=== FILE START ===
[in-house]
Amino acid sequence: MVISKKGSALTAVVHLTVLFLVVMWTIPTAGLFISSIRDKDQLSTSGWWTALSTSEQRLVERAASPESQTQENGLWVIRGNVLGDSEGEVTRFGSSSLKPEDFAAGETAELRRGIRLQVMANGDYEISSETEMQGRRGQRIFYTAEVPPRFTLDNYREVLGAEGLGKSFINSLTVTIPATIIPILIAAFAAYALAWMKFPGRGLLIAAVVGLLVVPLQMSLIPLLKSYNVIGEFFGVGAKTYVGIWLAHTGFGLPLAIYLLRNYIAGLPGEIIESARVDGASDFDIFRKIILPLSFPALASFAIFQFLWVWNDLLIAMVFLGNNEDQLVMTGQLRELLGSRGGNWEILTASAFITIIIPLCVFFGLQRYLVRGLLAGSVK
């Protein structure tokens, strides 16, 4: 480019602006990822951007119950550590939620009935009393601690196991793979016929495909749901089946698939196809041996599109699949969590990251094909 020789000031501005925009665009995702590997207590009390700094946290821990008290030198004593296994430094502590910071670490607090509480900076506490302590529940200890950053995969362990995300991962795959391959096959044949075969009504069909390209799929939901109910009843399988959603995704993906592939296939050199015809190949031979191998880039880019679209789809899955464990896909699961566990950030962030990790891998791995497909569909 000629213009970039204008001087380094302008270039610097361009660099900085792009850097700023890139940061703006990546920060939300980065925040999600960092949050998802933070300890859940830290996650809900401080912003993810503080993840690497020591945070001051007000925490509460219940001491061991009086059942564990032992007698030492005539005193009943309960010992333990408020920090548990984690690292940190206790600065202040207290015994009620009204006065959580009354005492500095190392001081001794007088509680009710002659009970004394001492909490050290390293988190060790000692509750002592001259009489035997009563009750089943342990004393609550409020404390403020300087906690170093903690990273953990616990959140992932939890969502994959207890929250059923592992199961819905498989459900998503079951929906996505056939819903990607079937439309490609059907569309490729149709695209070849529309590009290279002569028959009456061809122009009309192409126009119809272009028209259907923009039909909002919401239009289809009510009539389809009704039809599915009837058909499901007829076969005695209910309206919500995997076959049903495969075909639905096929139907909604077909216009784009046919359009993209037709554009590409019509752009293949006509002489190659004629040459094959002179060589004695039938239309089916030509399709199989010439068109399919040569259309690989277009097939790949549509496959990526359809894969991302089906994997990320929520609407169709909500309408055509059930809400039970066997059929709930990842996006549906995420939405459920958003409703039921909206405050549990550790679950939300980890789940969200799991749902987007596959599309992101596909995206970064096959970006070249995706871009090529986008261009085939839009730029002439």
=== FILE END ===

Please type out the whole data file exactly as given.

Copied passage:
[in-house]
Amino acid sequence: MVISKKGSALTAVVHLTVLFLVVMWTIPTAGLFISSIRDKDQLSTSGWWTALSTSEQRLVERAASPESQTQENGLWVIRGNVLGDSEGEVTRFGSSSLKPEDFAAGETAELRRGIRLQVMANGDYEISSETEMQGRRGQRIFYTAEVPPRFTLDNYREVLGAEGLGKSFINSLTVTIPATIIPILIAAFAAYALAWMKFPGRGLLIAAVVGLLVVPLQMSLIPLLKSYNVIGEFFGVGAKTYVGIWLAHTGFGLPLAIYLLRNYIAGLPGEIIESARVDGASDFDIFRKIILPLSFPALASFAIFQFLWVWNDLLIAMVFLGNNEDQLVMTGQLRELLGSRGGNWEILTASAFITIIIPLCVFFGLQRYLVRGLLAGSVK
């Protein structure tokens, strides 16, 4: 480019602006990822951007119950550590939620009935009393601690196991793979016929495909749901089946698939196809041996599109699949969590990251094909 020789000031501005925009665009995702590997207590009390700094946290821990008290030198004593296994430094502590910071670490607090509480900076506490302590529940200890950053995969362990995300991962795959391959096959044949075969009504069909390209799929939901109910009843399988959603995704993906592939296939050199015809190949031979191998880039880019679209789809899955464990896909699961566990950030962030990790891998791995497909569909 000629213009970039204008001087380094302008270039610097361009660099900085792009850097700023890139940061703006990546920060939300980065925040999600960092949050998802933070300890859940830290996650809900401080912003993810503080993840690497020591945070001051007000925490509460219940001491061991009086059942564990032992007698030492005539005193009943309960010992333990408020920090548990984690690292940190206790600065202040207290015994009620009204006065959580009354005492500095190392001081001794007088509680009710002659009970004394001492909490050290390293988190060790000692509750002592001259009489035997009563009750089943342990004393609550409020404390403020300087906690170093903690990273953990616990959140992932939890969502994959207890929250059923592992199961819905498989459900998503079951929906996505056939819903990607079937439309490609059907569309490729149709695209070849529309590009290279002569028959009456061809122009009309192409126009119809272009028209259907923009039909909002919401239009289809009510009539389809009704039809599915009837058909499901007829076969005695209910309206919500995997076959049903495969075909639905096929139907909604077909216009784009046919359009993209037709554009590409019509752009293949006509002489190659004629040459094959002179060589004695039938239309089916030509399709199989010439068109399919040569259309690989277009097939790949549509496959990526359809894969991302089906994997990320929520609407169709909500309408055509059930809400039970066997059929709930990842996006549906995420939405459920958003409703039921909206405050549990550790679950939300980890789940969200799991749902987007596959599309992101596909995206970064096959970006070249995706871009090529986008261009085939839009730029002439």